Tag Archives: Omotenashi

Practice “Omotenashi”: Provide an unique “service experience” and show gratitude & respect towards your customers !!

Japanese bow

The Japanese spirit of hospitality

Of all the memories they take home with them, visitors to Japan cherish and appreciate the ‘Japanese way of hospitality and customer service’ — Omotenashi in Japanese.

Translated simply, Omotenashi means the Japanese way of treating a guest. It blends a welcoming spirit with warmth, understanding, and above all respect.

Interestingly, the Japanese language makes no distinction between ‘guest’ and ‘customer.’

To practice Omotenashi, the host pays close attention to detail and is committed to anticipating the needs of the guest, smiling sincerely and setting a happy, relaxed mood. When authentic, Japanese hospitality and service exceed the expectations of the guests. At its most exquisite, Omotenashi offers a guest a once-in-a-life-time experience. The idea resonates with Ichigo-ichie, the tea master’s belief that every encounter is single and unique.”  (Kanebo website)

 

So what are you waiting for to implement it in your business? In a more and more competitive business world, “service engineering” is a differentiating and winning factor!

Read more from:   The Japanese spirit of hospitality

If you need help, you can also contact us (at info@gbmc.biz) for support or 

check our website at:  http://www.gbmc.biz/Japan_Training.php

 

 

 

Advertisements

Japan: Does “Kokusaika” mean two types of “Omotenashi”?

"Kokusaika" OR 2 types of "Omotenashi"

“Kokusaika” OR 2 types of “Omotenashi”

 

Japan firms face hurdles as ‘service’ culture taken overseas:

” ….  At Uniqlo stores worldwide, staff greet every customer with “Welcome to Uniqlo!”

They briskly walk around on a clean, white sales floor, refolding and restacking clothes, rarely talking to customers or each other unless approached.

It’s a Japanese style of customer service based on a strict manual and which is praised for its politeness and efficiency. But as Japanese companies increasingly branch out overseas, they are faced with the dilemma of staying true to this retail philosophy while adapting to local service habits.

JETRO’s Nakajima said there are two types of omotenashi, or Japanese hospitality, seen in outgoing Japanese businesses.

One is to treat every single customer with thorough care, as seen in traditional Japanese ryokan hotels. The other is to provide quality homogeneous service in a quick and inexpensive way …..” (The Japan Times)

Our Point:

In their Internationalisation Process (or “Kokusaika” in Japanese),  Japanese companies should probably think more of adapting the Japan Domestic “Omotenashi” (hopitality) practices abroad by taking into account the local culture specificities, rather than replicating it as it is. One feature to definitely carry over would be excellent dedicated service and full attention to the customer at any time, before/during and after the sales process. What do you think?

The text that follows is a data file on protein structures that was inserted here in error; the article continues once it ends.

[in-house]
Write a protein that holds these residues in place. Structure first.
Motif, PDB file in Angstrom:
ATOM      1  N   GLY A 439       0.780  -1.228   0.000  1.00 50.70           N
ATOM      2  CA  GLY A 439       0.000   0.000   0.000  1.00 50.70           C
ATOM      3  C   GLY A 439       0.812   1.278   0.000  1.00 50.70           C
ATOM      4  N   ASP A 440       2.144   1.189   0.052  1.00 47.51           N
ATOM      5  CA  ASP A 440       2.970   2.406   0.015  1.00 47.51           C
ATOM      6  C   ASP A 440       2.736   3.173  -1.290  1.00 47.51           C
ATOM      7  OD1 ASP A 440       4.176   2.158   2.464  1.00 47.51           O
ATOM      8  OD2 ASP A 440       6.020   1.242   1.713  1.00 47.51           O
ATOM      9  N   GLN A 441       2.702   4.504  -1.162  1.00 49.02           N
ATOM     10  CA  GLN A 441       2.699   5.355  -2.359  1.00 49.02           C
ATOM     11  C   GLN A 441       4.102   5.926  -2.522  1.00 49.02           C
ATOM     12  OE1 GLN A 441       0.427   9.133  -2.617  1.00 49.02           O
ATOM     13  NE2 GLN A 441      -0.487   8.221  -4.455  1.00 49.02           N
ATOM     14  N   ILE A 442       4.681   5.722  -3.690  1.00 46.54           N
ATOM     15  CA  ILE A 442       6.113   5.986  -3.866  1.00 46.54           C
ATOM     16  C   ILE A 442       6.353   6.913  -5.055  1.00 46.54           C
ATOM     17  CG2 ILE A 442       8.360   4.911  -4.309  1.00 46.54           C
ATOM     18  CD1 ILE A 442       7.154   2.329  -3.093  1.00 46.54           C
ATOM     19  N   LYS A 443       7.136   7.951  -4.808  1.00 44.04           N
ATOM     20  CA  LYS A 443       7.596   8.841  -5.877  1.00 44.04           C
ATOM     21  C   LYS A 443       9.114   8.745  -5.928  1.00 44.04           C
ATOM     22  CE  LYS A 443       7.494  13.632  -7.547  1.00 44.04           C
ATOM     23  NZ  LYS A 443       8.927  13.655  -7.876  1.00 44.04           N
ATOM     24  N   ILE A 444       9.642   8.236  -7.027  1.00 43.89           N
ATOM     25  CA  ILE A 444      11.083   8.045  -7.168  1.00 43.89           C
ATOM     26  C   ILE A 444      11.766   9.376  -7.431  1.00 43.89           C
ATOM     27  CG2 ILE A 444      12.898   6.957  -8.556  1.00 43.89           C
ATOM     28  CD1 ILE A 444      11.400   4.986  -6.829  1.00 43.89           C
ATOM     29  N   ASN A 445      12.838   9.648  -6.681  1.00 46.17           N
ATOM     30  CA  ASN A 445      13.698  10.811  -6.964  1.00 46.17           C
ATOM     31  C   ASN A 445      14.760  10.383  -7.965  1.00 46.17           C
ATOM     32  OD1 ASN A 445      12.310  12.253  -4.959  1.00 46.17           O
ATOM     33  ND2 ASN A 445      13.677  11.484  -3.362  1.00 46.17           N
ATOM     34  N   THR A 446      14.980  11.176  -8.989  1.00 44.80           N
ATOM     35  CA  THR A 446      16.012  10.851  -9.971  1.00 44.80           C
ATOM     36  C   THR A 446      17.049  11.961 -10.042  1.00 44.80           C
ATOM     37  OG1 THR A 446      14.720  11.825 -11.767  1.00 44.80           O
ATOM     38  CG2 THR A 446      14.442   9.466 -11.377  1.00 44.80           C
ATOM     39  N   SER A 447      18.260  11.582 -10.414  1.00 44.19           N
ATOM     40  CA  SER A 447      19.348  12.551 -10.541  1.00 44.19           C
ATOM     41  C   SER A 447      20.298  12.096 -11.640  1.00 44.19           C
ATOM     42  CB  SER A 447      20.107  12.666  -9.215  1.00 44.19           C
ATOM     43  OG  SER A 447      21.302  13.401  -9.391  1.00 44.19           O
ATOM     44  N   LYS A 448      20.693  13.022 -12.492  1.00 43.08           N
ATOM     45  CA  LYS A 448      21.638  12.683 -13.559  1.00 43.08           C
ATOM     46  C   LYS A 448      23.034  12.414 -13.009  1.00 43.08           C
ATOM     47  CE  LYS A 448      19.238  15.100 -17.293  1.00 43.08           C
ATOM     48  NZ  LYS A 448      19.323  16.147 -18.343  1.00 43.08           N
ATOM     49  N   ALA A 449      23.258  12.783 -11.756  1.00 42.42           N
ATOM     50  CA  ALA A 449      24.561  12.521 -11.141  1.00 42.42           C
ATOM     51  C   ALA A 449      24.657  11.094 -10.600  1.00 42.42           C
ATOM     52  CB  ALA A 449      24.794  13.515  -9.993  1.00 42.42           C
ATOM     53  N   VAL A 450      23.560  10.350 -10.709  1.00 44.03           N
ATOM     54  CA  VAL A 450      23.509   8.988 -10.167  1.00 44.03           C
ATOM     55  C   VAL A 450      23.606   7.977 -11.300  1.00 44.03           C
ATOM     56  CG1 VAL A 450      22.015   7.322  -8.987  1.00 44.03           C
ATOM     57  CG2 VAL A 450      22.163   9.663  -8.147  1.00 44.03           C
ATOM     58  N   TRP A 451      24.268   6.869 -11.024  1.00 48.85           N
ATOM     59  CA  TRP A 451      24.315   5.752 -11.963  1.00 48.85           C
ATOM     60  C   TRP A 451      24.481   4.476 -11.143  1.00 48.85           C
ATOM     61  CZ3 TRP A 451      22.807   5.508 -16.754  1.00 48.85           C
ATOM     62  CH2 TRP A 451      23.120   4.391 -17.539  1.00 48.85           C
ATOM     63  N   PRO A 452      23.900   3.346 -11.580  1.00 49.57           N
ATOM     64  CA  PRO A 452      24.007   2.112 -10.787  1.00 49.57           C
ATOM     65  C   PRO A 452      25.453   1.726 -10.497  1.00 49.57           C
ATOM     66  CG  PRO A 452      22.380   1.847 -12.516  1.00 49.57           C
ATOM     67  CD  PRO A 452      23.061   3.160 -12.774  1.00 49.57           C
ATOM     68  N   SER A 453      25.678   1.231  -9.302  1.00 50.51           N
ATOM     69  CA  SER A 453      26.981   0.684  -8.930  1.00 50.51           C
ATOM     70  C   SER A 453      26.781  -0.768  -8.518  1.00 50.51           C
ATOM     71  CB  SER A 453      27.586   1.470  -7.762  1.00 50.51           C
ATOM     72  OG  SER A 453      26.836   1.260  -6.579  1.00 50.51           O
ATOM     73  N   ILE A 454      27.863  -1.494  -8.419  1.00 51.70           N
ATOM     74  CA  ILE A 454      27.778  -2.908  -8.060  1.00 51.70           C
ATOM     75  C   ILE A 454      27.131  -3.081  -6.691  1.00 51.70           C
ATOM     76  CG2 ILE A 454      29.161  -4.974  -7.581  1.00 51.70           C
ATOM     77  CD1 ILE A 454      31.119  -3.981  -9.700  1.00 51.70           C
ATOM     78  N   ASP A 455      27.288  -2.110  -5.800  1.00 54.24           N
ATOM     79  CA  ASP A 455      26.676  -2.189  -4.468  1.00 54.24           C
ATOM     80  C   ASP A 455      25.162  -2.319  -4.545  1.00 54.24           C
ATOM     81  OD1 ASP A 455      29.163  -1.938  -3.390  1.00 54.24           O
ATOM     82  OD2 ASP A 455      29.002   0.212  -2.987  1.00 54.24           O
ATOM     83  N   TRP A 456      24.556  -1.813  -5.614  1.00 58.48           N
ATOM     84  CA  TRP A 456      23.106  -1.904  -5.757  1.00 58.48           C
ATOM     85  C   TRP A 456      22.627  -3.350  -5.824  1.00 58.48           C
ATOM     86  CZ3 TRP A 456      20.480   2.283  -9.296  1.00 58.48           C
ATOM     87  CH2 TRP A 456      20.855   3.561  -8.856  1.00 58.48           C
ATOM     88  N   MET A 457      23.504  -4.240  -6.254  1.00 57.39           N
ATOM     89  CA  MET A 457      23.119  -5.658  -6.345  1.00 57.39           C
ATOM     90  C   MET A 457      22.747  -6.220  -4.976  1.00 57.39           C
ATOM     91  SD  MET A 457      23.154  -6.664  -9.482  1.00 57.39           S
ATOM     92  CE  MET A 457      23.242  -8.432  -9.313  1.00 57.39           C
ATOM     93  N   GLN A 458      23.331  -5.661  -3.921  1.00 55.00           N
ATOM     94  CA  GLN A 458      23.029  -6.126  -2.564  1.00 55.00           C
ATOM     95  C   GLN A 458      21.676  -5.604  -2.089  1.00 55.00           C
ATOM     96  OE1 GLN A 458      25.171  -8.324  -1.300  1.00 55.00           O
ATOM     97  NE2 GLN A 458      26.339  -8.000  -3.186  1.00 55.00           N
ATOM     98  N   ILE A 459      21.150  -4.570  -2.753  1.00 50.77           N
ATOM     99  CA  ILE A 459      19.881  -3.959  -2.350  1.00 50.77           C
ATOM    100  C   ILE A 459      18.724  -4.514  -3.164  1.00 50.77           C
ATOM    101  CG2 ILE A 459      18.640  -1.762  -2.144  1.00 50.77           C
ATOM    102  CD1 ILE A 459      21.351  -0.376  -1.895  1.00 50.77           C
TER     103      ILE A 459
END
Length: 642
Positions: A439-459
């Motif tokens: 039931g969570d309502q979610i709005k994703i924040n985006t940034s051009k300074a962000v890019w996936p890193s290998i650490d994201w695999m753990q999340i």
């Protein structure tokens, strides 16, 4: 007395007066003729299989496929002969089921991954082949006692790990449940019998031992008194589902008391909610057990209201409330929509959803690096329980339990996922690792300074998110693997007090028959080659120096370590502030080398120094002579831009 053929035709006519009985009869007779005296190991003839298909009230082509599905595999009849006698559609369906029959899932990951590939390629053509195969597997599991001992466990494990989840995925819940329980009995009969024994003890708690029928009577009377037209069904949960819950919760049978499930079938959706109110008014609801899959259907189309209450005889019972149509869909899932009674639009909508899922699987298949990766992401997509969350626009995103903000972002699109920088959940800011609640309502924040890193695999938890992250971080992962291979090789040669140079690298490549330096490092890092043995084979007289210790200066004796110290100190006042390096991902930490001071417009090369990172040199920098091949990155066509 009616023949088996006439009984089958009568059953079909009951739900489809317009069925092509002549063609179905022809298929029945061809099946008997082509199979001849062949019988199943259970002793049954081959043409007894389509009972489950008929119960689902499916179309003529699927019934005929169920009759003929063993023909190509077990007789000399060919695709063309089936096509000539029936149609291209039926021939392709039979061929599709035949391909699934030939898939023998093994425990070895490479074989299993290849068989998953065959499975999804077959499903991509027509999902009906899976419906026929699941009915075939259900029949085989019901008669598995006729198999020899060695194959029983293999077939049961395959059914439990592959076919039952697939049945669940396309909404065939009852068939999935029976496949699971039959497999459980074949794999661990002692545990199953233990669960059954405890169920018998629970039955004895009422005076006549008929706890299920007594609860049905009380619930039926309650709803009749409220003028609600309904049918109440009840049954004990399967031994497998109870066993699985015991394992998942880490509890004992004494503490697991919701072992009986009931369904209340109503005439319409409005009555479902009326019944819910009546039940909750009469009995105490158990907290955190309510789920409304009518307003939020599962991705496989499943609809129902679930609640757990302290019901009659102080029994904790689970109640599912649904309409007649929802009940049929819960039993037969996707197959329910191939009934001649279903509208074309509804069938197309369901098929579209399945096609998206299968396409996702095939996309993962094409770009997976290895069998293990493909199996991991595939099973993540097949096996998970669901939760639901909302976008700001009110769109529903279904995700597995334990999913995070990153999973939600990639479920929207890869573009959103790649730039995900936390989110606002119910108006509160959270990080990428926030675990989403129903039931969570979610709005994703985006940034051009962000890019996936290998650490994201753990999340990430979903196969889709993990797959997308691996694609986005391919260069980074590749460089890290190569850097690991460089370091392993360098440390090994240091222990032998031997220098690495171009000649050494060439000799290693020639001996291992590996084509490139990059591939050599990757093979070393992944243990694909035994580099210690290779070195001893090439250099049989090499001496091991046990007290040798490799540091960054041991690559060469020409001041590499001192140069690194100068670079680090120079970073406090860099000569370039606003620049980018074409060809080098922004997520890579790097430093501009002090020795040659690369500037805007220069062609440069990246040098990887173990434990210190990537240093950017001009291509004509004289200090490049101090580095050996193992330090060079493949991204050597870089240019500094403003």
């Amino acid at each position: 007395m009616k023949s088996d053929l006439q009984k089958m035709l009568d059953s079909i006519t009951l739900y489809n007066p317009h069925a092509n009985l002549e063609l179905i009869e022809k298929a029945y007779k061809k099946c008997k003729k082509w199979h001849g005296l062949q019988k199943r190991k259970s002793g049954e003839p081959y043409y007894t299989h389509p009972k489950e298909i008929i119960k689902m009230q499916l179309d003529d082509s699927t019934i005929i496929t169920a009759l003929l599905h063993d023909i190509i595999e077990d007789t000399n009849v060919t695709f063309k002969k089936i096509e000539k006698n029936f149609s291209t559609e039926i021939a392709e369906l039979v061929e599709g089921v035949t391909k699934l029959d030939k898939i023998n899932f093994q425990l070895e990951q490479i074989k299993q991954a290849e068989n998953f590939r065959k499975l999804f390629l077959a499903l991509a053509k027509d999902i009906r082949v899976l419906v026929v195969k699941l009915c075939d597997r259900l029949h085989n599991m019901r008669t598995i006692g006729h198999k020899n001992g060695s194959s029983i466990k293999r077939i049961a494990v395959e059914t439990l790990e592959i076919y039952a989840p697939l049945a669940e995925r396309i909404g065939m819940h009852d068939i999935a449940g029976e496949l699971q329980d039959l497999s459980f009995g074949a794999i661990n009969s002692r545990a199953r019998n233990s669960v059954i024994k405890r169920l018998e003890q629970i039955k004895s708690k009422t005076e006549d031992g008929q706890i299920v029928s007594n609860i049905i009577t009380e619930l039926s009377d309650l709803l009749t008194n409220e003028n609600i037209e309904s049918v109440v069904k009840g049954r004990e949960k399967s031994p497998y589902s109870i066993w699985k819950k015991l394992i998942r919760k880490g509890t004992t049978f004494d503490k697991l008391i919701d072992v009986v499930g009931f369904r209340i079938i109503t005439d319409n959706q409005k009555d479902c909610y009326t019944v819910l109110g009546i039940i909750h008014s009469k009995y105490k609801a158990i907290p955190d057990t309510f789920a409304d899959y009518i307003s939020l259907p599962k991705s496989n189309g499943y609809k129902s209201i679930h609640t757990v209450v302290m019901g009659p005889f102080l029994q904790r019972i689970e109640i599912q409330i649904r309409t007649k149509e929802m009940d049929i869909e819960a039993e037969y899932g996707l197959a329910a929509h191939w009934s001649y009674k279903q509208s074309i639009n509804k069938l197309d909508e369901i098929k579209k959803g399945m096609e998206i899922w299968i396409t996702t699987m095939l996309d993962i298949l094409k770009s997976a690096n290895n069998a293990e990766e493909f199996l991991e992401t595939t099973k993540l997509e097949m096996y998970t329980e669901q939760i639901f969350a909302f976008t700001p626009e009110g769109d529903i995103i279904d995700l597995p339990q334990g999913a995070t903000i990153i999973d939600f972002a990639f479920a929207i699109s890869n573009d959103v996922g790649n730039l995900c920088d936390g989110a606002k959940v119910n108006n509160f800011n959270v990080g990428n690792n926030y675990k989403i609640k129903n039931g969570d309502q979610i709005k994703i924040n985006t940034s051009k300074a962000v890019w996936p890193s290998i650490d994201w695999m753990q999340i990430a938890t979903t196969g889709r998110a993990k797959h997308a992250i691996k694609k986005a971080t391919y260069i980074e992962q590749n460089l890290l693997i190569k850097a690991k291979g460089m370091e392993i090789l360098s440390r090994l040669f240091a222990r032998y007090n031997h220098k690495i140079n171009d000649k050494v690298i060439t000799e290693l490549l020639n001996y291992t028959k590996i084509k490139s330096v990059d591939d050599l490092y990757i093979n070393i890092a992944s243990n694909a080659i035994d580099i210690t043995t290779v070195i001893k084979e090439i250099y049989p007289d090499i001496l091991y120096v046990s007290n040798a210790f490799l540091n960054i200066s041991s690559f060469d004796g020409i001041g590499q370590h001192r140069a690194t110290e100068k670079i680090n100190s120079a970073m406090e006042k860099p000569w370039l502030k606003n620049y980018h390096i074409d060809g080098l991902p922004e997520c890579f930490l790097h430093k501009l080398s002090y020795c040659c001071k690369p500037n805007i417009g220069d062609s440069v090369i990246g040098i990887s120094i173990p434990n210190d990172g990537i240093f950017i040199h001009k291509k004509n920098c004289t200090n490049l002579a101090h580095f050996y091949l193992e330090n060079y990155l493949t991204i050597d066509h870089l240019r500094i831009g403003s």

More to read from:

Does “Kokusaika” mean two types of “Omotenashi”?

By the way, WELCOME TO GBMC’s BLOG !!!!


About “Doing Business in Japan” or “Doing Business with the Japanese”

Japan in spring 6

Doing Business in Japan

Many articles and books have been written about the subjects of “Doing Business in Japan” or “Doing Business with the Japanese”.

Some of them focus on Cross-cultural Management issues, others on Sales & Marketing issues and, finally, some others on Entry Strategy issues.

At GBMC, we cover all fields:

1) “Doing Business with the Japanese” in Japan:

In 2012, the EU-Japan Centre carried out a Survey of EU SMEs on their Internationalisation towards Japan (Source: In Search for Growth: Towards a New Role for SMEs in EU-Japan Relations, EU-JAPAN CENTRE FOR INDUSTRIAL COOPERATION 2013).   The obstacles most often mentioned by respondents (126 European SMEs) were:

  1. Language barriers (55%),
  2. Difficulty to grasp business practices,
  3.  Costs,
  4. Difficulty in understanding the local laws or regulations,
  5. Conforming to Japanese standards.

So, you have a “Homework” to do when approaching one of the most dynamic and challenging market in the world!

In our book “The Ultimate Survival Guide for Business in Japan”, we cover the following Cross-cultural Management issues:

[ Part I – Cross-cultural Management 

Chapter I – Culture Basics in Japan

Chapter II – Group Spirit and « Nemawashi »

Chapter III – An Innovative Country

Chapter IV – « Omotenashi »: the Customer Service Mindset

Chapter V – The Sumo-way of Negotiating ]

For availability, please check the GBMC’s eBooks section at: http://www.gbmc.biz/GBMC_eBooks.html

You will also find links to many other articles from us.

Finally, as part of our consulting offer, we also provide (more details from: http://www.gbmc.biz/Japan_Training_Lecturing.html)

Cross cultural training for European staff in Japanese companies                
Training for European companies who work with Japanese companies (Japanese customers, clients or partners): Japanese business etiquette, Japanese business culture, doing business with Japan ….